The article suggests that a “critical pedagogy of place” aims to:
(a) identify, recover, and create material spaces and places that teach us how to live well in our total environments (reinhabitation); and (b) identify and change ways of thinking that injure and exploit other people and places (decolonization) (p.74)
1. List some of the ways that you see reinhabitation and decolonization happening throughout the narrative.
2. How might you adapt these ideas to considering place in your own subject areas and teaching?
Reinhabitation takes place in the article's narrative as the elder, youth, and adults discuss the environment as their place. They identify and recover nature/environment as a place where the elders grew up and as a place where the youth should learn and will benefit their health. The narrative also discussed how to live well in the environment, such as near a river. The river is used for “fishing, hunting, camping … it’s also very beautiful, its pristine, and of course, it being a river, it also carries water that’s important for human life; it carries water, and its clean” (Restoule, 2013, p. 74). This illustrates a connection to nature and a purpose; how we live with it will determine its usefulness. In my own teaching, I could take my students on field trips to show the connection that Aboriginals have with nature all the time compared to my students' short time of feeling connected to nature. Actually experiencing something hands on will ensure my students' learn it and will benefit.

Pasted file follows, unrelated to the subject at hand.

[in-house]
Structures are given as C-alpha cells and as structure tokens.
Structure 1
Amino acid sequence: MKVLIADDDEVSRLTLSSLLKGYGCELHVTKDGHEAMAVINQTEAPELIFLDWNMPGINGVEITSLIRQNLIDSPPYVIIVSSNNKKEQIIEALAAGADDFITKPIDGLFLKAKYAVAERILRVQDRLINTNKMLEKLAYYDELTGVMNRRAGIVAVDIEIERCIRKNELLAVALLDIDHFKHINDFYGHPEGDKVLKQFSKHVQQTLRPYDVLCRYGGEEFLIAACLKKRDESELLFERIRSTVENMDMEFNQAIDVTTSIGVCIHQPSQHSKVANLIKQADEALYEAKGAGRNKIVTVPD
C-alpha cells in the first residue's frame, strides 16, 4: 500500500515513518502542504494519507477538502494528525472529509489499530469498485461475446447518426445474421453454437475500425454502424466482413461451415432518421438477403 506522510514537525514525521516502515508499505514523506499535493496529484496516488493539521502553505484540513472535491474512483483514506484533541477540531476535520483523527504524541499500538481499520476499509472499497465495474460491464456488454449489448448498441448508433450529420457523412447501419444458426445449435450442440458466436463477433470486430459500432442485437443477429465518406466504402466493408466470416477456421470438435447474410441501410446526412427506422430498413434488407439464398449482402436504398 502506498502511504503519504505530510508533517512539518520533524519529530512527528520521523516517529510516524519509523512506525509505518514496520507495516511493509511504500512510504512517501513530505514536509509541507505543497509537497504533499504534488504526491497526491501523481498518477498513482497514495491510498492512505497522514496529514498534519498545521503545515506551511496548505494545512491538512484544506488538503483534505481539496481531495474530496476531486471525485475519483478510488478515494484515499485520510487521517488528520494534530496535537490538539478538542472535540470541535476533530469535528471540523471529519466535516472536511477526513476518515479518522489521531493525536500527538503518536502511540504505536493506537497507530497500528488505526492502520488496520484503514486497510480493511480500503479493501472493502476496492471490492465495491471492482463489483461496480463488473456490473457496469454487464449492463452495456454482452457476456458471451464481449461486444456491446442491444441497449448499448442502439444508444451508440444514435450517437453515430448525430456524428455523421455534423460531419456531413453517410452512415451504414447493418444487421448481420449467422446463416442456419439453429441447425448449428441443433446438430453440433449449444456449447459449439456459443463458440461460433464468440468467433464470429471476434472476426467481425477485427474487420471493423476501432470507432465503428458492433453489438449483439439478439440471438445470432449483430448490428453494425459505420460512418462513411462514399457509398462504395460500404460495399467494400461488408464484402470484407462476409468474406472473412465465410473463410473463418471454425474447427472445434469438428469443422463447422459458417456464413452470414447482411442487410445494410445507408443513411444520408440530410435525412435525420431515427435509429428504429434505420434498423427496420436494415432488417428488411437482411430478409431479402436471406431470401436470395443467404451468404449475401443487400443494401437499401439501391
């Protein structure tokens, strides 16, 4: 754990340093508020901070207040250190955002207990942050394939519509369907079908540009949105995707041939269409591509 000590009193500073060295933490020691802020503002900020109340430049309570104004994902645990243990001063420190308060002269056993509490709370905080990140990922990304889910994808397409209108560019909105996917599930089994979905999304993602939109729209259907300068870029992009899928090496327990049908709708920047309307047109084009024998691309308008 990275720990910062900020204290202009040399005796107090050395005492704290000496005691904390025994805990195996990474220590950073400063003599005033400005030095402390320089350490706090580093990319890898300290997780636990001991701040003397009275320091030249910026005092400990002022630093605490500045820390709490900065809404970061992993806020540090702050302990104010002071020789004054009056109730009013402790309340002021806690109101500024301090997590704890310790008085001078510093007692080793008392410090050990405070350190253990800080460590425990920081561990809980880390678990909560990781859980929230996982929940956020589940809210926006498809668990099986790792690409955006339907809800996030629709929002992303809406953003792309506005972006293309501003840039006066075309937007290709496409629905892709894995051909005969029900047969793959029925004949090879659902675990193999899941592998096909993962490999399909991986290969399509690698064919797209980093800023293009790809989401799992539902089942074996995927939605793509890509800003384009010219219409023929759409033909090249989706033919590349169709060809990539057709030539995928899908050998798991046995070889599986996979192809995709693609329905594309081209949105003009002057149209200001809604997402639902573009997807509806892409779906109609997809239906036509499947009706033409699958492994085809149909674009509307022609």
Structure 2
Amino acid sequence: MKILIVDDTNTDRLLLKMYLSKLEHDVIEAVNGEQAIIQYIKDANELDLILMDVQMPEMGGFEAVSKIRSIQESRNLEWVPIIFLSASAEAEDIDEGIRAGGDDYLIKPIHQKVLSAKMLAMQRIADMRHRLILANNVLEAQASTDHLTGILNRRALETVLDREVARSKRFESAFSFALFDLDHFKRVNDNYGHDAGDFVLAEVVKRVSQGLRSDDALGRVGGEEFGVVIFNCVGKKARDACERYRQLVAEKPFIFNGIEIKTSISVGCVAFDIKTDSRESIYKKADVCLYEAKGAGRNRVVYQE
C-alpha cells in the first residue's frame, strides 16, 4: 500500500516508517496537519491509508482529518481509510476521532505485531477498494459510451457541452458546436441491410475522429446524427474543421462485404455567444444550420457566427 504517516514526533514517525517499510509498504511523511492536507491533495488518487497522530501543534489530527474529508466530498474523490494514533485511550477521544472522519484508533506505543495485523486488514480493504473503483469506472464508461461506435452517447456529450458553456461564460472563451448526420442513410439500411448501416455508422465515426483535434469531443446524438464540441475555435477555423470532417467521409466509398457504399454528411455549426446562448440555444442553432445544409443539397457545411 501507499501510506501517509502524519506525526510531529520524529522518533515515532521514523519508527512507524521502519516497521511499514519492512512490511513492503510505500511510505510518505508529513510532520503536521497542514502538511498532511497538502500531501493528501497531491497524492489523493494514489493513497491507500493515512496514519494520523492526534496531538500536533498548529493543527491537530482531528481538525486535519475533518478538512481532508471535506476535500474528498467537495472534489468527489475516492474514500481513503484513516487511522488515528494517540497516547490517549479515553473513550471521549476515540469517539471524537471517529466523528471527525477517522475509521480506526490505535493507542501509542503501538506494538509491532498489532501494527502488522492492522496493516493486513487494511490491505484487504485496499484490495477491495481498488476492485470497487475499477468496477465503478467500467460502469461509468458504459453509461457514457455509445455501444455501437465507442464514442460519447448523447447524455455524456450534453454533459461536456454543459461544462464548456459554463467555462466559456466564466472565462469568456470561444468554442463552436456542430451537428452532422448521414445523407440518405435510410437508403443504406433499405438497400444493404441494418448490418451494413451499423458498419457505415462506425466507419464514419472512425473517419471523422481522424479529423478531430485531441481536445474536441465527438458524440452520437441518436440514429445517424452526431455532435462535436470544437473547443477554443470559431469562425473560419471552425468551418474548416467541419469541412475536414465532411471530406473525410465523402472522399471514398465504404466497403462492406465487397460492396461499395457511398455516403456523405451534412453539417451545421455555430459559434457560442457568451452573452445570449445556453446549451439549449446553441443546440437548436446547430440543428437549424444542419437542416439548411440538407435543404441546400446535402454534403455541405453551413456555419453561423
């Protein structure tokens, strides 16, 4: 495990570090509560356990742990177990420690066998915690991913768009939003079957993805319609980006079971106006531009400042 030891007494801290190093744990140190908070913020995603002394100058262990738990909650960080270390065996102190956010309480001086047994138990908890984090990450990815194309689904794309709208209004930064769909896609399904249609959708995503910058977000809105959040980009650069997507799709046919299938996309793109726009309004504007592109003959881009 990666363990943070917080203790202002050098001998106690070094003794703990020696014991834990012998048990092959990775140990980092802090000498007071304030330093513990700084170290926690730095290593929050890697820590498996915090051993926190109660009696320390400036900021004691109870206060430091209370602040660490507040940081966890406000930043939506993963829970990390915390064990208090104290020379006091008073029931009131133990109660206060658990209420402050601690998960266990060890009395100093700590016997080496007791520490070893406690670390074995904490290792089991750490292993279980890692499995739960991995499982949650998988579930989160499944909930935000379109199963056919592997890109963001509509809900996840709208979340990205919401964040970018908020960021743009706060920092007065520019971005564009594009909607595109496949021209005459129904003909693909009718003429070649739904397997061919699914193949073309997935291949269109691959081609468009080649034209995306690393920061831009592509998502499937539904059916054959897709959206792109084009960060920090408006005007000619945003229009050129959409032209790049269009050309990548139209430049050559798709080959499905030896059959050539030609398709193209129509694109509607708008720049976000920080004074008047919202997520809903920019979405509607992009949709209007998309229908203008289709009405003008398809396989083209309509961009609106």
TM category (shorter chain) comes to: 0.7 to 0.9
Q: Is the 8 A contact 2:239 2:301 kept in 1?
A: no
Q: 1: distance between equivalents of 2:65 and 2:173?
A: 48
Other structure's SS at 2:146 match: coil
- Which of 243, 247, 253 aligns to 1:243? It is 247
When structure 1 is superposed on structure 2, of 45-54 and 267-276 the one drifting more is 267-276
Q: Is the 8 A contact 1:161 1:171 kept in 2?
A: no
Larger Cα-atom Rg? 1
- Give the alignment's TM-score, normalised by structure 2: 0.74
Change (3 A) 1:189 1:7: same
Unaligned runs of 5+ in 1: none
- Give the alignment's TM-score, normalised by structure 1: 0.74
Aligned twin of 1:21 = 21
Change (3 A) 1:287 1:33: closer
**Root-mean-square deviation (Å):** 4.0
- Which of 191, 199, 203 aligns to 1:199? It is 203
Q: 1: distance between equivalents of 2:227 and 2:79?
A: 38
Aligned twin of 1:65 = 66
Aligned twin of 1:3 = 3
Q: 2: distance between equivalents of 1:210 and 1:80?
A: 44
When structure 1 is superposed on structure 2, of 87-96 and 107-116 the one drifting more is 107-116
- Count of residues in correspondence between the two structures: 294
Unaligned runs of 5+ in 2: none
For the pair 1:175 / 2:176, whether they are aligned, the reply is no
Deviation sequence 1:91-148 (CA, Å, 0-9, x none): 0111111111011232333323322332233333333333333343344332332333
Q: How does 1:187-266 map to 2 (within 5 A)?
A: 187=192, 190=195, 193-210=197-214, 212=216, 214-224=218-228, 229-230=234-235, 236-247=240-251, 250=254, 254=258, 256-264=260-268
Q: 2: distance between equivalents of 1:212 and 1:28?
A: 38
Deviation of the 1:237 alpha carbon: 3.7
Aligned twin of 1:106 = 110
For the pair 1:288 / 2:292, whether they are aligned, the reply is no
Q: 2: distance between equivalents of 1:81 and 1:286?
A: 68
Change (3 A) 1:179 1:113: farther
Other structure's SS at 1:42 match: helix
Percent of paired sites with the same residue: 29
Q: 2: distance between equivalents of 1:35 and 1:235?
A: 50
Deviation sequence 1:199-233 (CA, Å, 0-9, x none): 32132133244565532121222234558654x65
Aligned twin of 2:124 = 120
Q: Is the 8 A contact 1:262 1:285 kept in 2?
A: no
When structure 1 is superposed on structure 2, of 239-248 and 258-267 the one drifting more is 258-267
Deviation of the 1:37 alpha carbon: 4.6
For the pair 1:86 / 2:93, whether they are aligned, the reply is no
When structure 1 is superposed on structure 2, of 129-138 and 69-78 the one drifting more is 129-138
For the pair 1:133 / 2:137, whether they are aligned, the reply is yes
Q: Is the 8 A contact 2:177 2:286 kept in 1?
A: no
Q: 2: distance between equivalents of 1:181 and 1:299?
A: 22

Decolonization takes place as the youth, adults and elders use media “to communicate the messages to the wider community about the experiences and perspectives of youth, adults and elders, about the river" (Restoule, 2013, p. 74) This identifies and changes other’s ways of thinking and exposing others to different spaces, such as a river. It also creates intergenerational relationships, something that many people may not be familiar with, especially if not from an Aboriginal community/background.
Language also is another example of both rein habitation and decolonization. Cree is being used less and less among Aboriginal peoples. The article mentioned that the youth use less specific words for things than the elders did and this is considered, to the elders, as a loss of culture. In my future thinking, I can introduce a variety of Aboriginal languages to my students. A constant reminder of Aboriginal culture and language would be to label items throughout the classroom. That act by itself should not be the only act, though, it should be paired with other efforts. Residential schools are an example of how language has been decolonized. In my own teaching I must consider the places that my students have been and what they have experienced. Students’ experiences, or lack off, may put them at an advantage or disadvantage for formal curriculum outcomes, in which I need to adapt my teaching to accommodate their experiences. This includes being sensitive and accepting of the familial struggles that Aboriginal families have gone through with residential schooling, possibly including loss of language for that particular family.
Restoule, J.P., Gruner, S., Metatawabin, E. (2013). Learning from Place: A Return to Traditional Mushkegowuk Ways of Knowing. Canadian Journal of Education 32 (2), pg. 68-86.